Lettings market has become property industry's "wild west"

89% of voters in key marginal constituencies agree it should be compulsory for agents to register with a regulatory body

A "complete lack of effective regulation" has allowed the
lettings sector to become the property industry’s "Wild West" which
is putting consumers at risk, according to Royal Institution of
Chartered Surveyors (RICS).

RICS’ consumer letting survey, conducted in key marginal constituencies, highlights the potential for rogue lettings agents to cash in on the current rental boom due to a combination of consumers’ low expectations and a total lack of effective regulation.

At the moment, anyone can set up a lettings agency without appropriate qualifications, knowledge or understanding of the rental process. Nor is there a compulsion to conform to any code of conduct, provide safeguards or register with a government-approved redress system.

The report shows that 87% of renters support a single compulsory regulation scheme for all letting agents, although 92% of tenants said they were satisfied with their lettings agent. Nevertheless, two thirds said they did not receive an inventory when moving into a property.

Last month, housing charity Shelter revealed how complaints about landlords have risen dramatically: complaints made to local authorities have increased by 27% in the last three years, with over 85,000 complaints made in total over the past 12 months. More than 60% of complaints were related to serious and life-threatening hazards such as dangerous gas and electrics and severe damp. In the last year health services were involved in 781 cases due to the behaviour or neglect of private landlords.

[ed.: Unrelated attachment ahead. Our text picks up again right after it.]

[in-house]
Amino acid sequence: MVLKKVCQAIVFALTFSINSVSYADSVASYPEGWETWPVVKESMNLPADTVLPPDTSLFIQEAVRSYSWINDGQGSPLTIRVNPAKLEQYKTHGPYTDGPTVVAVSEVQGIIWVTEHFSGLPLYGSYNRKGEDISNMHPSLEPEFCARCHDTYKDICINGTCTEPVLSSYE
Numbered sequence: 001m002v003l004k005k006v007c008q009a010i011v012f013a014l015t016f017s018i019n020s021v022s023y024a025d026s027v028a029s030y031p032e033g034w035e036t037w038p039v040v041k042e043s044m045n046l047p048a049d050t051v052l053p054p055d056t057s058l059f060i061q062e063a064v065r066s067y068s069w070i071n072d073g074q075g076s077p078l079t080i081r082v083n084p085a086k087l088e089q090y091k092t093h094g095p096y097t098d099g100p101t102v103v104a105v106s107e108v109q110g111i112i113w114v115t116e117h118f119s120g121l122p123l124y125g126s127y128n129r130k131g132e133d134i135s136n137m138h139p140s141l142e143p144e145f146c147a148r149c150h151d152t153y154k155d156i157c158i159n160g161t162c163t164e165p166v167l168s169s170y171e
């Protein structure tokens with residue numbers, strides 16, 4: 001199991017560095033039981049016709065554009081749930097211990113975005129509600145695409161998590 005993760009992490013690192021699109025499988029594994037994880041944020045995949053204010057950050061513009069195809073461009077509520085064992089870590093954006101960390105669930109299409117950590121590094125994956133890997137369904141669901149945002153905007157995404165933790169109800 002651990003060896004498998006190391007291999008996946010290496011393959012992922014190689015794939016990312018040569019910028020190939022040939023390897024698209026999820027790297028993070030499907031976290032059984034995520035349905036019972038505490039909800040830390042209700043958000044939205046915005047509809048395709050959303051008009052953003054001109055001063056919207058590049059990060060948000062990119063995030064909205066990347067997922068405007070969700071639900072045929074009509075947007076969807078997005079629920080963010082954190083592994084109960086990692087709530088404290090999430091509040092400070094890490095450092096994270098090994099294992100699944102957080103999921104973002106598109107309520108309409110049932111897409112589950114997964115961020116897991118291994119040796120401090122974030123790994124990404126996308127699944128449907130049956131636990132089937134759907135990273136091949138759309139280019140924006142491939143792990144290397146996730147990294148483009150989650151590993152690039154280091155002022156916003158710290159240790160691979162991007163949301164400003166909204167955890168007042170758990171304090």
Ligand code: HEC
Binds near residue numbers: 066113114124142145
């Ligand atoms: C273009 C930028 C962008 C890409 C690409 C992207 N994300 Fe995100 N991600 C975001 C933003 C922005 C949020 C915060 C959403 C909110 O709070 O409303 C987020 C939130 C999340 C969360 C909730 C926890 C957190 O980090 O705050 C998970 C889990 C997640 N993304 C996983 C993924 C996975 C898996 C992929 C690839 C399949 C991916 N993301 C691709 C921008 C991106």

"A good lettings agent can be worth their weight in gold for both landlord and tenant," said Peter Bolton King, RICS Global Residential Director. "However, there are too many corrupt agents that do not belong to any professional body who are taking advantage of the current gap in regulation, putting consumers at risk.

"Choosing the wrong agent can result in tenants encountering all sorts of problems such as lost deposits, broken agreements and excessive charges. What we would like to see is the government taking direct action on this and introducing a single regulatory and redress system for both sales and lettings agents to make sure they are fully accountable. Until this happens, we recommend that tenants use an lettings agent that is a member of a professional organisation."

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